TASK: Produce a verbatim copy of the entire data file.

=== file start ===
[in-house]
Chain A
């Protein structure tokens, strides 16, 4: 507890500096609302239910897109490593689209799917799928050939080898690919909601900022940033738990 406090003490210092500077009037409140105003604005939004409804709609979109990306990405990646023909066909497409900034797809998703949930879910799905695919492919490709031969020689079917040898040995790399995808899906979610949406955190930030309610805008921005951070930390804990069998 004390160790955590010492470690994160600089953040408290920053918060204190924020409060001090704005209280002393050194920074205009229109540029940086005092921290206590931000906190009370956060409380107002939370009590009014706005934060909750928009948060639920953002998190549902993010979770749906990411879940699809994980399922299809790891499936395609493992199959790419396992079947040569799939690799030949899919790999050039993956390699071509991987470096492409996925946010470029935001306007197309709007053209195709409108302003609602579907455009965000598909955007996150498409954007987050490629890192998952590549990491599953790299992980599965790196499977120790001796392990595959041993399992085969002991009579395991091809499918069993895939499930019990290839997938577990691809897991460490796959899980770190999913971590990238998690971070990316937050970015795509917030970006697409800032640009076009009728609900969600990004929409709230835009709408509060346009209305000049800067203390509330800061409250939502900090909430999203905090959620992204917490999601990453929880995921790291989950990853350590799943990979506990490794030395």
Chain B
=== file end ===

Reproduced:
[in-house]
Chain A
């Protein structure tokens, strides 16, 4: 507890500096609302239910897109490593689209799917799928050939080898690919909601900022940033738990 406090003490210092500077009037409140105003604005939004409804709609979109990306990405990646023909066909497409900034797809998703949930879910799905695919492919490709031969020689079917040898040995790399995808899906979610949406955190930030309610805008921005951070930390804990069998 004390160790955590010492470690994160600089953040408290920053918060204190924020409060001090704005209280002393050194920074205009229109540029940086005092921290206590931000906190009370956060409380107002939370009590009014706005934060909750928009948060639920953002998190549902993010979770749906990411879940699809994980399922299809790891499936395609493992199959790419396992079947040569799939690799030949899919790999050039993956390699071509991987470096492409996925946010470029935001306007197309709007053209195709409108302003609602579907455009965000598909955007996150498409954007987050490629890192998952590549990491599953790299992980599965790196499977120790001796392990595959041993399992085969002991009579395991091809499918069993895939499930019990290839997938577990691809897991460490796959899980770190999913971590990238998690971070990316937050970015795509917030970006697409800032640009076009009728609900969600990004929409709230835009709408509060346009209305000049800067203390509330800061409250939502900090909430999203905090959620992204917490999601990453929880995921790291989950990853350590799943990979506990490794030395």
Chain B